A group of opposition leaders met with representatives of foreign diplomatic missions to convey their concerns about the ruling party-proposed package of amendments in laws on rallies, police and administrative offences.
“If someone thinks that it is possible to return Georgia back to the Soviet times are very wrong and will end up very badly,” Nino Burjanadze, leader of Democratic Movement-United Georgia, said after the meeting.
“I am sure that this draft of amendments will trigger very negative reaction from experts from Council of Europe and it will be a very clear signal to the world that Saakashvili is moving towards establishment of dictatorship in this country,” she added.
Viktor Dolidze, a close ally of Irakli Alasania, leader of Alliance for Georgia, said that representatives of diplomatic missions “expressed surprise” about some of the proposals laid out in the package, in particular about increase of imprisonment for administrative offenses from 30 to 90 days.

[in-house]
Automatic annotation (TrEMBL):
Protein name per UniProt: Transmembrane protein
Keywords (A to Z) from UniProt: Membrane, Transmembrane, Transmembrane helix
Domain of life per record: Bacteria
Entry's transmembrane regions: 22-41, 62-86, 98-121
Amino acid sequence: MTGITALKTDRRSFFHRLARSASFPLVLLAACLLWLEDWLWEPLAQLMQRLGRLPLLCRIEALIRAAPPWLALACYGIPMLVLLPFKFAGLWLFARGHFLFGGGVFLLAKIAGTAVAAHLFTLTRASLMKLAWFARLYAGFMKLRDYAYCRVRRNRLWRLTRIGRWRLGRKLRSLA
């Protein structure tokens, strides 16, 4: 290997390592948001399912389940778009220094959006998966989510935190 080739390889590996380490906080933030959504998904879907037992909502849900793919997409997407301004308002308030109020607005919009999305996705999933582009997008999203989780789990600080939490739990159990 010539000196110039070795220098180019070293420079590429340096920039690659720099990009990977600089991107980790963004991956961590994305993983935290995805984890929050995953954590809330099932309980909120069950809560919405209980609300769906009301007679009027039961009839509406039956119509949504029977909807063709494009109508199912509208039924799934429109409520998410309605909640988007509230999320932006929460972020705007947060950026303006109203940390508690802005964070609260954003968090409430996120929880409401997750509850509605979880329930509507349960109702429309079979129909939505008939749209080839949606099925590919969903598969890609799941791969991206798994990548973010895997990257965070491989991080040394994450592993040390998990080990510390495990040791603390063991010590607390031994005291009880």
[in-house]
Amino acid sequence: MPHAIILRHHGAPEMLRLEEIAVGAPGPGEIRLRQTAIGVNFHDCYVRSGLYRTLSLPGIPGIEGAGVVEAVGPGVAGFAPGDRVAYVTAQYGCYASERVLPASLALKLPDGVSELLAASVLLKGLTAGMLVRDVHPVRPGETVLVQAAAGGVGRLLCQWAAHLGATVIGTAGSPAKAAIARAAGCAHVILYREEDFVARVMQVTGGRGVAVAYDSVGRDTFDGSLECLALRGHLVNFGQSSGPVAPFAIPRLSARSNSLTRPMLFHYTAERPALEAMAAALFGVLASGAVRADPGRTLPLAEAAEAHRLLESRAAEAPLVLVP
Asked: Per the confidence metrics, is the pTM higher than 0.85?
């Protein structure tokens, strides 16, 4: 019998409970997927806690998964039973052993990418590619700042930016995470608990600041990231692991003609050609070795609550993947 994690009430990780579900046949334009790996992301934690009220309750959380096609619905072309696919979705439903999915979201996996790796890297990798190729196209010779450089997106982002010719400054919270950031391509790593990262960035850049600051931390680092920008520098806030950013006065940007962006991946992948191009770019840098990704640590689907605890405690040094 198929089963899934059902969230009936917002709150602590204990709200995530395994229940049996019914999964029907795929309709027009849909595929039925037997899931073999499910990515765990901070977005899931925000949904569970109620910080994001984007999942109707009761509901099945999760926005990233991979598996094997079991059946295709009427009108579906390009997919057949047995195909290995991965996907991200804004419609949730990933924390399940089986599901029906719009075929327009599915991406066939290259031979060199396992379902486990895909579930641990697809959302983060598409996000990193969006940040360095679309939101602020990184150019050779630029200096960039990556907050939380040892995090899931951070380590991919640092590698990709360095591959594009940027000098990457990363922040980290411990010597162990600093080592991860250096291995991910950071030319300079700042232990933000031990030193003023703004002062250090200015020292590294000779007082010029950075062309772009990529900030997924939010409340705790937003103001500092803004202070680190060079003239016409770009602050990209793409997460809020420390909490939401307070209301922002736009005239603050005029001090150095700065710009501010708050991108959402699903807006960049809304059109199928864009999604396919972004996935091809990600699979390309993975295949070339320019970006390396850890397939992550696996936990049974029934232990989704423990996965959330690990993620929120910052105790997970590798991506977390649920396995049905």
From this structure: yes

Salome Zourabichvili, leader of Georgia’s Way party, said that along with the proposed draft amendments, the opposition also raised at the meeting issue of series of arrests of opposition activists.
Sozar Subari, the public defender, who also attended the meeting, said proposed amendments “where a step backwards, a step in the past.”
He said that legalization of use of less-lethal weapons by the police was “not in itself illegal”; but he added the move demonstrated that the use of such means in the past, without having a relevant legal basis, by the riot police against protesters was illegal.
Subari also said that the current law on rallies required “some specifications and clarifications.” “But in direction of further liberalization and not in direction of tightening,” he added.
German Ambassador to Georgia, Patricia Flor, told journalists after the meeting that the issue required to be carefully weighed in order to keep the balance between the fundamental right of demonstration and inadmissibility of blocking the Parliament and other public buildings.
She also said that “it would be very well advised” to involve Council of Europe’s advisory body on constitutional and legal issues, Venice Commission, in evaluation of the proposed amendments.